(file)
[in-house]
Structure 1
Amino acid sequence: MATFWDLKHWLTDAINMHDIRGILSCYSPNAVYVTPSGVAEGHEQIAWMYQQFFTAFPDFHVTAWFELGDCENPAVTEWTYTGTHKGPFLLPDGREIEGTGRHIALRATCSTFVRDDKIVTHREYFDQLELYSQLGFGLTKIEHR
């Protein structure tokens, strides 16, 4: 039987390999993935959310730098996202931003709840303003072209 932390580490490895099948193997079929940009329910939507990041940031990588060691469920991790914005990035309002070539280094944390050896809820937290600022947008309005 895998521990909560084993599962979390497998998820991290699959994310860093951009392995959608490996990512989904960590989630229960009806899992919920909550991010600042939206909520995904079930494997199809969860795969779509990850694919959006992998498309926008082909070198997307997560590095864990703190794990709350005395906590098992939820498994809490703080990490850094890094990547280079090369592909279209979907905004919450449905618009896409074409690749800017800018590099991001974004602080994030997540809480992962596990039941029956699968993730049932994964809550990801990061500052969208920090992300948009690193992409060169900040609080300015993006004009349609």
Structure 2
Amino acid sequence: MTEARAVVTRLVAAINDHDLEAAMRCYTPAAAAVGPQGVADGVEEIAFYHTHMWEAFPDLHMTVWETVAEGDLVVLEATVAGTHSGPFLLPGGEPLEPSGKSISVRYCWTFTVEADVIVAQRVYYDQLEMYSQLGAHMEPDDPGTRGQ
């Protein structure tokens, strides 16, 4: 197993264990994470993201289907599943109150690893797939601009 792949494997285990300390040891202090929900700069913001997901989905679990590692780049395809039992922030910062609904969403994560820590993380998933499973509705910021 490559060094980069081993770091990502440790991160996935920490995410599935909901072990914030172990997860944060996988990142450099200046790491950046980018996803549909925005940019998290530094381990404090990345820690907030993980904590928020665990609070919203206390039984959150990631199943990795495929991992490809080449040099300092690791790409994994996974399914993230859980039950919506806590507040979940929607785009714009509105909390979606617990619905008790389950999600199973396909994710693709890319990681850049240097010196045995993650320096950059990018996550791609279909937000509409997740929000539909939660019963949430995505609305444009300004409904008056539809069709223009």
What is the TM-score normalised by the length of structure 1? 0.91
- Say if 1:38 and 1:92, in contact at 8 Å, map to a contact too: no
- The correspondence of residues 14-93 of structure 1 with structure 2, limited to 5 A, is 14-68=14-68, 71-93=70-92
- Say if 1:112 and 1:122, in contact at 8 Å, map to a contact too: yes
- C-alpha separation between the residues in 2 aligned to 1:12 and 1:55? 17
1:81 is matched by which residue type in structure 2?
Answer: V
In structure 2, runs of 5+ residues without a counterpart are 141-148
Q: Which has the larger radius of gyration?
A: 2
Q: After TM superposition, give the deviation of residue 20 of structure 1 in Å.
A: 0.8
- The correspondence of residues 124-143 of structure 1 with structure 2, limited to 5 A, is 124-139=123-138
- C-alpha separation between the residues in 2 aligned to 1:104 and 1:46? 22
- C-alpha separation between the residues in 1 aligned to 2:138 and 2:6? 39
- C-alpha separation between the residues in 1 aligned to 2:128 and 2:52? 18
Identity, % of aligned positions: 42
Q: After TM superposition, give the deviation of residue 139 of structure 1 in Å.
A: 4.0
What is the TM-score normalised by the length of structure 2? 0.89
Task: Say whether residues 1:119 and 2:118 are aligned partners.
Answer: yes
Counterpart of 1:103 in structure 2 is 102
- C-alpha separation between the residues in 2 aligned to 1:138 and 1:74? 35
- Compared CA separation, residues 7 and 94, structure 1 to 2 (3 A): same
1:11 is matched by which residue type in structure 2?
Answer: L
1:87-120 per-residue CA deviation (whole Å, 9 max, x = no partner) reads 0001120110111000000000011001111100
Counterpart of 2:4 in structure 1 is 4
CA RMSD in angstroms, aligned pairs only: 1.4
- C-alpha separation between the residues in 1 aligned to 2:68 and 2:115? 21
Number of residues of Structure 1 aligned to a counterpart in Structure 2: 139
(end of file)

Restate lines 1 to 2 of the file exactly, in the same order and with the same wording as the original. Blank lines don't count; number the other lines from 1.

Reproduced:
[in-house]
Structure 1